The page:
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GitHub Actions to deploy to Firebase Hosting

published:  September 27, 2020
last modified:  November 14, 2020

Image: SpaceX; Unsplash

Note: Unlike the last two posts, this one very definitely is for only my fellow web geeks—and, anyway, they’re the only folks likely to be using Firebase Hosting, I would think.

I mentioned in a footnote to my previous post that my “lurch” among hosts now has this site on Firebase. If you’ve read both the original “Goodbye and hello” and its semi-retconned second part, you may remember my describing why I chose not to use Firebase. If so, you then may also wonder what changed my mind.

Actually, there were multiple reasons:

  • Last month, Firebase belatedly adopted Brotli compression, its previous lack of which had been a deal-breaker for me.
  • I had already been an admirer of the performance of the Fastly content delivery network (CDN) that Firebase uses, and found it was consistently better than the CDN setups provided with the free tiers for the other three hosts I’d been using and testing (Netlify, Render, and Vercel).
  • In the last few days, I tinkered around and was able to come up with a GitHub Action that made it possible to deploy (in Firebase terminology) to Firebase Hosting every time I pushed a change to the site repo’s default branch—i.e., making it as easy as when using the repo with those other three hosts. Yes, you can just do a local site build and then invoke firebase deploy, but that’s an extra step; I’ve kinda gotten accustomed to the ease of the push-to-repo method and didn’t want to give it up.

The purpose of this post is to share with you the applicable GitHub Actions for using Firebase Hosting with my two favorite and recommended static site generators (SSGs): Hugo and Eleventy.

The GitHub Action for Hugo purposely does not use the widely used and excellent GitHub Actions for Hugo by Shohei Ueda (peaceiris) to install Hugo during the build process, because—as was the case with Andrew Connell, whose example I followed and to whom I am grateful for the information he imparted in “Automated Hugo Releases With GitHub Actions”—I preferred having more control over that exact part.

Enough talk; on with the GitHub Actions. Of course, each is based on two assumptions: (a.) you’ve initialized your repo for Firebase, thus creating the .firebaserc and firebase.json files mentioned at the end; and (b.) you’ve stored your Firebase token—called below by ${{ secrets.FIREBASE_TOKEN }}—in your repo’s Secrets. If you don’t have a Firebase token, you get that with firebase login:ci from the CLI, as explained in the documentation. You’ll note that I have npm run build in the Build site with Hugo step; but that’s peculiar to my NodeJS-using Hugo repo (chiefly because of PostCSS and Tailwind CSS), so you may want to use a variation of that, instead, if you’ve kept your Hugo repo Node-free. The Hugo version shown is the latest as of this post’s original publication; set it as you wish.[1] When I use Hugo, I use the extended version because, sometimes, I support SCSS through Hugo Pipes; I switch the themes back and forth among SCSS, PostCSS without Tailwind, and PostCSS with Tailwind as situations warrant.[2]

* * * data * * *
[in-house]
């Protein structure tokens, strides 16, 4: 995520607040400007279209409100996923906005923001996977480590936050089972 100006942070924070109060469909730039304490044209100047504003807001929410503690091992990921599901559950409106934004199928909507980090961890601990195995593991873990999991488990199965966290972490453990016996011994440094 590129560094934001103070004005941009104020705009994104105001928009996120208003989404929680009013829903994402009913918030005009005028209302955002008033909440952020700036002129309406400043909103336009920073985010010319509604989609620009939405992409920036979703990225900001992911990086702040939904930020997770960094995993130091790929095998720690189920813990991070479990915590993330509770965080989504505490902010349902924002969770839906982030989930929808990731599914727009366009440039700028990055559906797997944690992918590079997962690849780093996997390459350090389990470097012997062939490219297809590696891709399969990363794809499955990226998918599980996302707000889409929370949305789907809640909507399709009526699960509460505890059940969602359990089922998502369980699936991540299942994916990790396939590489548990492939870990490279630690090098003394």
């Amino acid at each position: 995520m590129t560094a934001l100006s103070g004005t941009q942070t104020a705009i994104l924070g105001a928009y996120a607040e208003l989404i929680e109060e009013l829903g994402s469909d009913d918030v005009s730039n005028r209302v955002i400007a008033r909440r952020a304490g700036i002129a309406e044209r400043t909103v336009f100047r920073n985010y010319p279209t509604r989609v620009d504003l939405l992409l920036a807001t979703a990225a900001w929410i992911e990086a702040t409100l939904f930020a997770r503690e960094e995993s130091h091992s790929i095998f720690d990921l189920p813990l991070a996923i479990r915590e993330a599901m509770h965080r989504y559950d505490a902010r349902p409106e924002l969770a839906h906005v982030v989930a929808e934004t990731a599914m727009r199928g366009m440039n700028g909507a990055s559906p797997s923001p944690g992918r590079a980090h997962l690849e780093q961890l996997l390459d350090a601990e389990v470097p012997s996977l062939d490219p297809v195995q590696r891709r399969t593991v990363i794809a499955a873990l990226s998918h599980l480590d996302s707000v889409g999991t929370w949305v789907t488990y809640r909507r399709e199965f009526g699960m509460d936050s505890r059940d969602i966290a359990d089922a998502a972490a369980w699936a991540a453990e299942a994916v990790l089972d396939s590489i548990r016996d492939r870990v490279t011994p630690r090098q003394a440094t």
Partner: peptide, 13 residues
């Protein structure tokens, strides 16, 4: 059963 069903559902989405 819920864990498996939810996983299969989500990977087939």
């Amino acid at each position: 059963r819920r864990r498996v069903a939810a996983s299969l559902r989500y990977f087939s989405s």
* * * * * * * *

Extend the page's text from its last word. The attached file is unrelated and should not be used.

For Hugo

name: CI-Hugo-site-to-Firebase

on:
  push:
    branches:
      - main

env:
  HUGO_VERSION: 0.75.1 # steps below will pick extended version

jobs:
  build:
    runs-on: ubuntu-latest

    steps:
      - name: Checkout default branch
        uses: actions/checkout@v2
      - name: Download Hugo v${{ env.HUGO_VERSION }} Linux x64
        run: "wget https://github.com/gohugoio/hugo/releases/download/v${{ env.HUGO_VERSION }}/hugo_extended_${{ env.HUGO_VERSION }}_Linux-64bit.deb -O hugo_extended_${{ env.HUGO_VERSION }}_Linux-64bit.deb"
      - name: Install Hugo
        run: sudo dpkg -i hugo*.deb
      - name: Install dependencies
        run: npm install
      - name: Build site with Hugo
        run: npm run build
      - name: Install Firebase Tools
        run: npm install firebase-tools
      - name: Deploy to Firebase
        run: npx firebase deploy
        env:
          FIREBASE_TOKEN: ${{ secrets.FIREBASE_TOKEN }}
          # Other args should come from .firebaserc and firebase.json

For Eleventy

Note: Other than obviously not downloading and installing Hugo, this one for Eleventy also was different because, in the Deploy to Firebase section, I had to add npx firebase use default to make this work with the project, for some reason I don’t understand.

name: CI-Eleventy-site-to-Firebase

on:
  push:
    branches:
      - main

jobs:
  build:
    runs-on: ubuntu-latest

    steps:
      - name: Checkout default branch
        uses: actions/checkout@v2
      - name: Install dependencies (including Eleventy)
        run: npm install
      - name: Build site with Eleventy
        run: npm run build
      - name: Install Firebase Tools
        run: npm install firebase-tools
      - name: Deploy to Firebase
        run: npx firebase use default && npx firebase deploy
        env:
          FIREBASE_TOKEN: ${{ secrets.FIREBASE_TOKEN }}
          # Other args should come from .firebaserc and firebase.json

Note: Having learned all I wanted to learn from the experience, I decided a few days later to leave Firebase Hosting.


  1. Just be sure the version conforms to how it shows up in the Hugo release filename, since this reference helps build that name for the download process in the GitHub Action; always check the Hugo releases page to be sure about the accurate filename. ↩︎

  2. I now have the Hugo version of this site’s repo set up so that there are three themes for Hugo’s use—one with purely SCSS, one with CSS-on-PostCSS (but still no Tailwind), and one with Tailwind. So, now, depending on which I want to use, I can simply switch themes in the site’s config.yaml file. ↩︎

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